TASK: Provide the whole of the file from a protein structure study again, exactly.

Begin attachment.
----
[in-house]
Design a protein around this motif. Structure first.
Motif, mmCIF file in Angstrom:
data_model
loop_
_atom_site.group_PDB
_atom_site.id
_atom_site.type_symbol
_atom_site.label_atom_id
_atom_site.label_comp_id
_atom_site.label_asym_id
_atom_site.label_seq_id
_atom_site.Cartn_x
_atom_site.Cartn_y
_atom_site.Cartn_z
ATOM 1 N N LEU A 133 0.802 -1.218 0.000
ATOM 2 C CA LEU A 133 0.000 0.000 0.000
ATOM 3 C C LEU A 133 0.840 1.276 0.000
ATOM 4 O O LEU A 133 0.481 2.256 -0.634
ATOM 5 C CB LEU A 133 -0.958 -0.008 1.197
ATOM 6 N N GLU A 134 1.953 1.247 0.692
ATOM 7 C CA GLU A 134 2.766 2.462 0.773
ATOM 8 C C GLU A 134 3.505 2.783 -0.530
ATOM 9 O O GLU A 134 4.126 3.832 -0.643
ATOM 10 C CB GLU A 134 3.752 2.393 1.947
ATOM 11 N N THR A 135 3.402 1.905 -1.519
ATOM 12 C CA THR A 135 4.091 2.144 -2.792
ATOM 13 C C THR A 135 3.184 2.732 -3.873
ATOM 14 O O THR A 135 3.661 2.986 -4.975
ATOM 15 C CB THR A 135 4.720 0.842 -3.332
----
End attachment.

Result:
[in-house]
Design a protein around this motif. Structure first.
Motif, mmCIF file in Angstrom:
data_model
loop_
_atom_site.group_PDB
_atom_site.id
_atom_site.type_symbol
_atom_site.label_atom_id
_atom_site.label_comp_id
_atom_site.label_asym_id
_atom_site.label_seq_id
_atom_site.Cartn_x
_atom_site.Cartn_y
_atom_site.Cartn_z
ATOM 1 N N LEU A 133 0.802 -1.218 0.000
ATOM 2 C CA LEU A 133 0.000 0.000 0.000
ATOM 3 C C LEU A 133 0.840 1.276 0.000
ATOM 4 O O LEU A 133 0.481 2.256 -0.634
ATOM 5 C CB LEU A 133 -0.958 -0.008 1.197
ATOM 6 N N GLU A 134 1.953 1.247 0.692
ATOM 7 C CA GLU A 134 2.766 2.462 0.773
ATOM 8 C C GLU A 134 3.505 2.783 -0.530
ATOM 9 O O GLU A 134 4.126 3.832 -0.643
ATOM 10 C CB GLU A 134 3.752 2.393 1.947
ATOM 11 N N THR A 135 3.402 1.905 -1.519
ATOM 12 C CA THR A 135 4.091 2.144 -2.792
ATOM 13 C C THR A 135 3.184 2.732 -3.873
ATOM 14 O O THR A 135 3.661 2.986 -4.975
ATOM 15 C CB THR A 135 4.720 0.842 -3.332